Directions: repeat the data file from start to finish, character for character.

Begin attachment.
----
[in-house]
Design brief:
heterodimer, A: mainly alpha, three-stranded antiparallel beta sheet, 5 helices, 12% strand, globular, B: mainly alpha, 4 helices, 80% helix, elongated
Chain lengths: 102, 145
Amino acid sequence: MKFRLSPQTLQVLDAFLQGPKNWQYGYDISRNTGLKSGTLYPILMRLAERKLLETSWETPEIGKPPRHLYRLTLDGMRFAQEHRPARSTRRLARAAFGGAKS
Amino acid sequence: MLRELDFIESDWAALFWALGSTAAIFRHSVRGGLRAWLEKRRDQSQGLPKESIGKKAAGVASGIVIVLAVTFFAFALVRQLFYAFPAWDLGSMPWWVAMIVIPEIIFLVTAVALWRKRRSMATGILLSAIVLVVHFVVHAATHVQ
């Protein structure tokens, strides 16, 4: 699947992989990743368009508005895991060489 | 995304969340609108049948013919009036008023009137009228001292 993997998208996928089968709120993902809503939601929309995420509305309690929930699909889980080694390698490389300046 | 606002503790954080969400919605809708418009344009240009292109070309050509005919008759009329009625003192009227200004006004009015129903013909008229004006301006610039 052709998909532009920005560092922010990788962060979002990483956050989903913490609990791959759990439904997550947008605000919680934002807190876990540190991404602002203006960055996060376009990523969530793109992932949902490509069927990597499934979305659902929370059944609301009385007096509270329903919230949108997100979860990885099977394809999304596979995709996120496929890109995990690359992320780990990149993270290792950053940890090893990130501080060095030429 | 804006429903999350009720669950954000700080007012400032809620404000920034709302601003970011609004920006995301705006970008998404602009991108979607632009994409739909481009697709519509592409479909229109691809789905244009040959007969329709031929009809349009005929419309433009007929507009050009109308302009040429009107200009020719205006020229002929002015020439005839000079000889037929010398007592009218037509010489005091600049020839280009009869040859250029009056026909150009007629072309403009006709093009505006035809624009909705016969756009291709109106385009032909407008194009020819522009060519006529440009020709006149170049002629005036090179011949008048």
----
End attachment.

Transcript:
[in-house]
Design brief:
heterodimer, A: mainly alpha, three-stranded antiparallel beta sheet, 5 helices, 12% strand, globular, B: mainly alpha, 4 helices, 80% helix, elongated
Chain lengths: 102, 145
Amino acid sequence: MKFRLSPQTLQVLDAFLQGPKNWQYGYDISRNTGLKSGTLYPILMRLAERKLLETSWETPEIGKPPRHLYRLTLDGMRFAQEHRPARSTRRLARAAFGGAKS
Amino acid sequence: MLRELDFIESDWAALFWALGSTAAIFRHSVRGGLRAWLEKRRDQSQGLPKESIGKKAAGVASGIVIVLAVTFFAFALVRQLFYAFPAWDLGSMPWWVAMIVIPEIIFLVTAVALWRKRRSMATGILLSAIVLVVHFVVHAATHVQ
């Protein structure tokens, strides 16, 4: 699947992989990743368009508005895991060489 | 995304969340609108049948013919009036008023009137009228001292 993997998208996928089968709120993902809503939601929309995420509305309690929930699909889980080694390698490389300046 | 606002503790954080969400919605809708418009344009240009292109070309050509005919008759009329009625003192009227200004006004009015129903013909008229004006301006610039 052709998909532009920005560092922010990788962060979002990483956050989903913490609990791959759990439904997550947008605000919680934002807190876990540190991404602002203006960055996060376009990523969530793109992932949902490509069927990597499934979305659902929370059944609301009385007096509270329903919230949108997100979860990885099977394809999304596979995709996120496929890109995990690359992320780990990149993270290792950053940890090893990130501080060095030429 | 804006429903999350009720669950954000700080007012400032809620404000920034709302601003970011609004920006995301705006970008998404602009991108979607632009994409739909481009697709519509592409479909229109691809789905244009040959007969329709031929009809349009005929419309433009007929507009050009109308302009040429009107200009020719205006020229002929002015020439005839000079000889037929010398007592009218037509010489005091600049020839280009009869040859250029009056026909150009007629072309403009006709093009505006035809624009909705016969756009291709109106385009032909407008194009020819522009060519006529440009020709006149170049002629005036090179011949008048």